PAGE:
Documents and Resources

Information about our activities and projects
Berry Corridor: From Escarpment to Sea (DESCRIPTION)

Vision: Sustainable and resilient vegetation connections: supporting the movement of wildlife between the coast and the escarpment. Mission: To provide leadership, resources and information; supporting the local community and stakeholders; to achieve the vision. Objectives: 1. Document the present situation 2. Establish two-way Natural Resource Management (NRM) communications a. within local community and b. with stakeholders 3. Build NRM capacity of landholders 4. Support on-ground NRM works 5. Achieve the corridor

Corridors Number 1: Berry Corridor E-Newsletter

An E-Newsletter to keep us informed and connected Welcome to the first issue of "Corridors". This is our newsletter for the Berry Bush Links project and will provide news and information about the project to all those who are participating or have expressed an interest.

The Bum Tree, Berry NSW: A Salvaged Legacy

Known to some as the Bum Tree, its age and the origin of its posterial burl was the realm of folklore. The tree was easily the largest along that road, the maximum diameter of the trunk at breast height was 1.7 metres (the viewer’s not the tree’s), and its canopy arched gracefully above the road and the forest opposite. In 2014, the Shoalhaven City Council determined that this tree on the road verge impeded road safety and should be removed. The decision prompted considerable opposition and debate. The tree was felled on 14 March, 2014. Then Berry Landcare began a project to salvage a sample ‘slice’ of the trunk and determine the tree’s age. The objective was to provide a record for future research, and reference data to assist future decisions in managing old-growth trees. The Shoalhaven City Council agreed to fund project costs. The slice can be seen at the Berry Museum and the salvaged burl at the Shoalhaven Heads Swimming pool.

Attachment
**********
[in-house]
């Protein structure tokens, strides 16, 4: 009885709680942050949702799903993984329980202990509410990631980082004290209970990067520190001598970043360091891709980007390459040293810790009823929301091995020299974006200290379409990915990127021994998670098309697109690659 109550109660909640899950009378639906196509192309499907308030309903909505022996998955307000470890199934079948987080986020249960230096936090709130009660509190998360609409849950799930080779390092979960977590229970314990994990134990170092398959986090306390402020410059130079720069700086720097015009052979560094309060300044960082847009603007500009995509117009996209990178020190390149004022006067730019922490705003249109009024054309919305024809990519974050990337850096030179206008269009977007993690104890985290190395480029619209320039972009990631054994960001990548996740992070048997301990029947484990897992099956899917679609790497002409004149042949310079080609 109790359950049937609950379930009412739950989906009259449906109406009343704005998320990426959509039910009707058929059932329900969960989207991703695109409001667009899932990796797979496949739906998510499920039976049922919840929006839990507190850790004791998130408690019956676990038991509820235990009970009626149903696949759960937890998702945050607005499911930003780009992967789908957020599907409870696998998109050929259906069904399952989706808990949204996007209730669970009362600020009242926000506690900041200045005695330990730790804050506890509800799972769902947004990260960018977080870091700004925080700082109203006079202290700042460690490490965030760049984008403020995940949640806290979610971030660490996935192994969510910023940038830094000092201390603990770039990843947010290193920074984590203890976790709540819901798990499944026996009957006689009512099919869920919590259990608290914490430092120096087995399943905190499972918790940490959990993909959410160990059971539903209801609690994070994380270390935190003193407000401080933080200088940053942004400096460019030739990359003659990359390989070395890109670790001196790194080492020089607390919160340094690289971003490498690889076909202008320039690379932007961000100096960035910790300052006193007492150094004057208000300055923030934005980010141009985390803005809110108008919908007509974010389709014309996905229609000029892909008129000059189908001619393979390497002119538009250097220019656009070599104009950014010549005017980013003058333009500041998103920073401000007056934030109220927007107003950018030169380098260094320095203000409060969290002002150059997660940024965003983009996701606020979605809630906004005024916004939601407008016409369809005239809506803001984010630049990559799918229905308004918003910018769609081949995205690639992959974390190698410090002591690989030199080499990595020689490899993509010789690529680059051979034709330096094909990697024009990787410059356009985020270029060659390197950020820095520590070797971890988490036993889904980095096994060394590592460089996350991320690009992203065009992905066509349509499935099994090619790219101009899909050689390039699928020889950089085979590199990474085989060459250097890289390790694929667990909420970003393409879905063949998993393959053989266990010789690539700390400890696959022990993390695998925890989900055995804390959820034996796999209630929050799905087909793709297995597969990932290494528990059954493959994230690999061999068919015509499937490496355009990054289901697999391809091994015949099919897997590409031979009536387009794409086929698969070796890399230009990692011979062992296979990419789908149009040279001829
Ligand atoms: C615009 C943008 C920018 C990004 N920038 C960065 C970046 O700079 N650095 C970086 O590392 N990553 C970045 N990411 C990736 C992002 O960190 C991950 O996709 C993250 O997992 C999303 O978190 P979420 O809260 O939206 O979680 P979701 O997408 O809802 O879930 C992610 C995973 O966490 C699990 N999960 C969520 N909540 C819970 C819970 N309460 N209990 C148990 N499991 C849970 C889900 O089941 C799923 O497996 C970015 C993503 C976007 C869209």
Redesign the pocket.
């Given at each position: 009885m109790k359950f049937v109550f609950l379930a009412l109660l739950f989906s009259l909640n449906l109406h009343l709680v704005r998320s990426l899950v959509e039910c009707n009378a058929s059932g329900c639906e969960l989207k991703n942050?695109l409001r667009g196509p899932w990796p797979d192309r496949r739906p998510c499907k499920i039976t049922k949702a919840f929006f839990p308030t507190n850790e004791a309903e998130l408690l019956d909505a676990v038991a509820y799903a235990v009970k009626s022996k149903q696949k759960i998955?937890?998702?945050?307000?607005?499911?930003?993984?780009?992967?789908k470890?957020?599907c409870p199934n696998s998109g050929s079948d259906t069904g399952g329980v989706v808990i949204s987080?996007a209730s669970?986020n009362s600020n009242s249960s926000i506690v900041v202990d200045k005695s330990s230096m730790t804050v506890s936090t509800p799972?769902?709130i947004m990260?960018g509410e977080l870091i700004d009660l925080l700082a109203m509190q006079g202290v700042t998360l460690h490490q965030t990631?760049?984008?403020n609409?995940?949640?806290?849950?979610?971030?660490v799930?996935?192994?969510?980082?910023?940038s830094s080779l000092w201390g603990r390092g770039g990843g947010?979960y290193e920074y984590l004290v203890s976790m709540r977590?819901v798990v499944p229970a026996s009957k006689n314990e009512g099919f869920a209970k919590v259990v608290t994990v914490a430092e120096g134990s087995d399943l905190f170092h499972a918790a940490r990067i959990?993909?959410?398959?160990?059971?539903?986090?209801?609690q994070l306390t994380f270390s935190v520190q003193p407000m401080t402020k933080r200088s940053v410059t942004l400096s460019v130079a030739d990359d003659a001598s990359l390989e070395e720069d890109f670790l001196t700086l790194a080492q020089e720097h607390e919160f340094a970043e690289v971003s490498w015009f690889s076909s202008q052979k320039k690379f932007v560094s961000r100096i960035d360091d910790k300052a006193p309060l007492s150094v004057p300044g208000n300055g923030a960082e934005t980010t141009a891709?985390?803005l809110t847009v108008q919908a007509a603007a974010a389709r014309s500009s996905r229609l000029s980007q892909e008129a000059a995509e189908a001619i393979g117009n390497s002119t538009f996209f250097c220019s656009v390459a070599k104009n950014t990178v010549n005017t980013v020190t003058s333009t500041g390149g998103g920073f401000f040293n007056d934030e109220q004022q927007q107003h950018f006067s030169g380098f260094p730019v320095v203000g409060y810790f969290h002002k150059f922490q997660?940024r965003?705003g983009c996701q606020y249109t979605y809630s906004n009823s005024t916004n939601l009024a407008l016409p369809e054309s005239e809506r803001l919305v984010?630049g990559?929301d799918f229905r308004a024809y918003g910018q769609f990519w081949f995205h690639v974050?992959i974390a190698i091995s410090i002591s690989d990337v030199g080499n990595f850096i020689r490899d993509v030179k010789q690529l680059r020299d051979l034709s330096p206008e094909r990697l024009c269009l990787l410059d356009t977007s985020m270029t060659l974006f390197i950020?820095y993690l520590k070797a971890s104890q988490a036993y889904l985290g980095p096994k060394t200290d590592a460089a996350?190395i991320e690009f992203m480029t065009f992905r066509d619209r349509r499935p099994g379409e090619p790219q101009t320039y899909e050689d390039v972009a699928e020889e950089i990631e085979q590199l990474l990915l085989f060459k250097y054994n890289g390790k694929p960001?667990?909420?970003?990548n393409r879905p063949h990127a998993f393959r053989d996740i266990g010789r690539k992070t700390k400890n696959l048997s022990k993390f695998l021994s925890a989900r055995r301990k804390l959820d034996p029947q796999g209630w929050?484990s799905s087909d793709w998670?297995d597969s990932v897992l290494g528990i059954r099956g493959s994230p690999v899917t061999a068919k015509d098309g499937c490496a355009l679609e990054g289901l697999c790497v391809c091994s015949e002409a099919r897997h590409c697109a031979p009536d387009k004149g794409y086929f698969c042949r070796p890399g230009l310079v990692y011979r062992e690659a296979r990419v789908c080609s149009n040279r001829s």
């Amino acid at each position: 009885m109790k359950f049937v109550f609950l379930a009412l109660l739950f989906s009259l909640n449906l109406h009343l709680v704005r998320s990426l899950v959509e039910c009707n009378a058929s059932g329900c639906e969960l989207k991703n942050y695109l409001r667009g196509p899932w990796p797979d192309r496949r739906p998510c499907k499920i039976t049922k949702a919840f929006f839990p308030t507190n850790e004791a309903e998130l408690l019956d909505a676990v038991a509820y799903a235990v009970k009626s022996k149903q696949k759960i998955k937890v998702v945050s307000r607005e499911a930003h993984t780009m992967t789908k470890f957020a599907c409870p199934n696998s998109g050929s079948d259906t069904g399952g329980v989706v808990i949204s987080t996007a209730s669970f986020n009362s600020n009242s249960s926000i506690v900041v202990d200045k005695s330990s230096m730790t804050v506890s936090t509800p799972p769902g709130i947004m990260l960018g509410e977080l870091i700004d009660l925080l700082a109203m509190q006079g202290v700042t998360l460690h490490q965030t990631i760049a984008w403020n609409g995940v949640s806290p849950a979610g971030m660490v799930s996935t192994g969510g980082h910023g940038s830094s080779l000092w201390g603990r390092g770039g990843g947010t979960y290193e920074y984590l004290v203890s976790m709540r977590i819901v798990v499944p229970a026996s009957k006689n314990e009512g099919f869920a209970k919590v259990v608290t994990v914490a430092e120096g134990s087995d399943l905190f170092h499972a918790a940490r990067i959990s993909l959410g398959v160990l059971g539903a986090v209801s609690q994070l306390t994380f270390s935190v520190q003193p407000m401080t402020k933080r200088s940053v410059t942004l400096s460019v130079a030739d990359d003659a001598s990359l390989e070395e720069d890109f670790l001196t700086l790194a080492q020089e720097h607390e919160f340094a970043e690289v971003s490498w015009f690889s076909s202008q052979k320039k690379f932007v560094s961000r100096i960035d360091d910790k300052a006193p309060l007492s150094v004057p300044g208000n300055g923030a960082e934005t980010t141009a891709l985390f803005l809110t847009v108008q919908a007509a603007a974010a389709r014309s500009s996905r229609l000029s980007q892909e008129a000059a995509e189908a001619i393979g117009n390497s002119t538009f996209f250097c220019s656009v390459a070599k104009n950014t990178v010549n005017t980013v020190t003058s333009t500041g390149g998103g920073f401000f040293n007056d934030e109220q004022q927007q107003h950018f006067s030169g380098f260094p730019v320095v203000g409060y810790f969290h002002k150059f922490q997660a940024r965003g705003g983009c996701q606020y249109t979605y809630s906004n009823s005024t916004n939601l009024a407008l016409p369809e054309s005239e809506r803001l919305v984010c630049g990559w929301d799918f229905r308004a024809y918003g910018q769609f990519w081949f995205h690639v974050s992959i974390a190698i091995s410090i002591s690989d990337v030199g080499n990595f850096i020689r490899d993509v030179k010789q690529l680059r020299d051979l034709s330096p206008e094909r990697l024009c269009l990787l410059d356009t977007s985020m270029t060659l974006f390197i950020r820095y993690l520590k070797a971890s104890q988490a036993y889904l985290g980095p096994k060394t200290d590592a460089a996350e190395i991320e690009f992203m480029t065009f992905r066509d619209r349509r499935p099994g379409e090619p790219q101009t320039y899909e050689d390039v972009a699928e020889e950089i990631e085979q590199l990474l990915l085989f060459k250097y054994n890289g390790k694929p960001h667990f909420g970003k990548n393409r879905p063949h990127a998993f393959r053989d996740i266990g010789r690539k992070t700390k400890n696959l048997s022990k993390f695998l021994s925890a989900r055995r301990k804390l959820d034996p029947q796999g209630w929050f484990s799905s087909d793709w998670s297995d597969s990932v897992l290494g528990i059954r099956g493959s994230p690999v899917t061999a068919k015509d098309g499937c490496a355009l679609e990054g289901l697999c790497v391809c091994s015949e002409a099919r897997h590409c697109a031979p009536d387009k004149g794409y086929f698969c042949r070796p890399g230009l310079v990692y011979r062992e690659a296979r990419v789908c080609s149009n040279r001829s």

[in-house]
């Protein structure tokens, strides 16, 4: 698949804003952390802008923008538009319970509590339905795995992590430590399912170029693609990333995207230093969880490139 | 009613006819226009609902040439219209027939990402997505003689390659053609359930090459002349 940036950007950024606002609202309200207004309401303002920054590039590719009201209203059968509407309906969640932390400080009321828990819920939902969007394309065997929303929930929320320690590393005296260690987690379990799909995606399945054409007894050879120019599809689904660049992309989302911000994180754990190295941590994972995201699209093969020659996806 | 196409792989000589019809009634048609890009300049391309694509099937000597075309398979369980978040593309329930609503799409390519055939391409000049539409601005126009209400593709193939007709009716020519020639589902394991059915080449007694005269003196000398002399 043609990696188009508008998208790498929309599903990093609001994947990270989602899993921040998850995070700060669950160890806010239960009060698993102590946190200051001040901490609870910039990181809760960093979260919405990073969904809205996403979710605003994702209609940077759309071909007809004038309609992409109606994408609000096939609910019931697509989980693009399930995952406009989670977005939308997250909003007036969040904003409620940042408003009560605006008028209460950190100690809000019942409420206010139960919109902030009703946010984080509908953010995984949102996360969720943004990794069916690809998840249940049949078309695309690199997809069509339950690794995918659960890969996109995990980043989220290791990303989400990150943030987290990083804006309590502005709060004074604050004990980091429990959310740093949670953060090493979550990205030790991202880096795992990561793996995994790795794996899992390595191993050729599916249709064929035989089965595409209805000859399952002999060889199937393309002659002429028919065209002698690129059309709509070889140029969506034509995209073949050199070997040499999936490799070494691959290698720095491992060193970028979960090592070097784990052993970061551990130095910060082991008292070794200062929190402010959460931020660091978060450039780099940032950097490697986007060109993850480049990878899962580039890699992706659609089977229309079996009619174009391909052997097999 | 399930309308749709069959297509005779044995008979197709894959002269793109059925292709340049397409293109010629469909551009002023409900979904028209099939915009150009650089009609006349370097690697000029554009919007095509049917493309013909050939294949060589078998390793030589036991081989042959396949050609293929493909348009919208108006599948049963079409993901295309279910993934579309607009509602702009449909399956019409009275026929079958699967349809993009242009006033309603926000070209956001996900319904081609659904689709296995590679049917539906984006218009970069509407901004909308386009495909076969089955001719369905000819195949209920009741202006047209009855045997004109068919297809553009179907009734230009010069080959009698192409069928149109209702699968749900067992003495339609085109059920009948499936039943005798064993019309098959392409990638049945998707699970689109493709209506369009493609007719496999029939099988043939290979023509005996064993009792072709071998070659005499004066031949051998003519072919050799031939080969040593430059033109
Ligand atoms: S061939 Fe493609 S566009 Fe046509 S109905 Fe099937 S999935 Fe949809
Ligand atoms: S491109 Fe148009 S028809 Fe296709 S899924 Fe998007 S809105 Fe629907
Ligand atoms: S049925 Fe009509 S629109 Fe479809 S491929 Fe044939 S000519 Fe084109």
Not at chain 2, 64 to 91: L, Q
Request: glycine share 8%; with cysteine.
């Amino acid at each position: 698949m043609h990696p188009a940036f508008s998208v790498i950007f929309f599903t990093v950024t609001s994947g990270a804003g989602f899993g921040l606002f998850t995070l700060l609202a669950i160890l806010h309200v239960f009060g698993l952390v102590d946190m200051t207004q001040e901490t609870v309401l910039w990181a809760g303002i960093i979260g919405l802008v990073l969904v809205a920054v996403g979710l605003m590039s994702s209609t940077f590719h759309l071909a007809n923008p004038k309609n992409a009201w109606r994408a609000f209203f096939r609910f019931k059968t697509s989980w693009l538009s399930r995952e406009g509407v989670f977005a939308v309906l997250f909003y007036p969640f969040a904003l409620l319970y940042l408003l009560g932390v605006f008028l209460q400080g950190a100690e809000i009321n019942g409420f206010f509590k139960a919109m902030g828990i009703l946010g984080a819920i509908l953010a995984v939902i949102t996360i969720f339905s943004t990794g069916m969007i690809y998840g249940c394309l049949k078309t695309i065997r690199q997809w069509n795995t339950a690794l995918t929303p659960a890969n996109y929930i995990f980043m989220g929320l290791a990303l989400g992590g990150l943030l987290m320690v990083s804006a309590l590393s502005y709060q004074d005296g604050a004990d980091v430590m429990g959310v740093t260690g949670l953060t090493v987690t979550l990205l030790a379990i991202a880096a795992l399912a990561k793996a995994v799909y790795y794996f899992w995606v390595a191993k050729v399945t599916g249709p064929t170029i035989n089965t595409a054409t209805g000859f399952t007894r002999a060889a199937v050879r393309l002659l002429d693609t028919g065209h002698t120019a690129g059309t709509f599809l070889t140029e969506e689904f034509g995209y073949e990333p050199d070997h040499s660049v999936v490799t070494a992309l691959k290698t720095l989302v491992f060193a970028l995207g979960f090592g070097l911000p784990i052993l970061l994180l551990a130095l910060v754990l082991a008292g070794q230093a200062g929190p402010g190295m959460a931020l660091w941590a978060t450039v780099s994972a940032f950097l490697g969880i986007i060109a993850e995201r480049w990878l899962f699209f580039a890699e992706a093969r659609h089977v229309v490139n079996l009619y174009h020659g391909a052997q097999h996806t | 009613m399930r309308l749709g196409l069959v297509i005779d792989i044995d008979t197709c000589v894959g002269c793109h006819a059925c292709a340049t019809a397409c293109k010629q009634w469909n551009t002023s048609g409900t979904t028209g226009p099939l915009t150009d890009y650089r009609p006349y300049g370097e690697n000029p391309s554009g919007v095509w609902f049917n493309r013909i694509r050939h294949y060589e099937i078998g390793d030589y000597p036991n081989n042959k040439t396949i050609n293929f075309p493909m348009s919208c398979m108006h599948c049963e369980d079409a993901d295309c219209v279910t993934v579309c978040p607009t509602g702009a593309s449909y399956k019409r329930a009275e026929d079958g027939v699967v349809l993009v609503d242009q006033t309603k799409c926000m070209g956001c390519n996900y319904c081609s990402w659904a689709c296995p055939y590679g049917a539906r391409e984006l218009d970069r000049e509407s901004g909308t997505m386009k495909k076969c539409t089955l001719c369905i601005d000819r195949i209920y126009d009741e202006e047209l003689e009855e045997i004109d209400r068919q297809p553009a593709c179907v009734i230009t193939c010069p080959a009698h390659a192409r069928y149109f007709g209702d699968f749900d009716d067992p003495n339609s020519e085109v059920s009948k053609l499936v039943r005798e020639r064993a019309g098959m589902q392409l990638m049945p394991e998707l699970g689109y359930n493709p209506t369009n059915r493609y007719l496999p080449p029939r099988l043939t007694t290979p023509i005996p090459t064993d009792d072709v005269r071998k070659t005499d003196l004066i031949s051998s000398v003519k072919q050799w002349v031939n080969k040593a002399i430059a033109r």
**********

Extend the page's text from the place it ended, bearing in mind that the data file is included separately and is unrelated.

MURNI DHUNGANG JIRRAR: Living in the Illawarra

This publication is about Aboriginal people's uses of plants and animals in the Illawarra area, south of Sydney. The title means animal food (Murni), plant food (Dhungang) and fur (Jirrar) in Dharawal language. Date 1 August 2009 Publisher Department of Environment and Conservation, NSW Type Publication

How old was the 'Bum Tree'?

To many it was a loved local icon, a visual pun half-way along the ‘sand track’ and a natural wonder, to others a graffiti blight or a traffic hazard. To the endangered population of greater gliders in the Seven Mile Beach National Park, it was a home.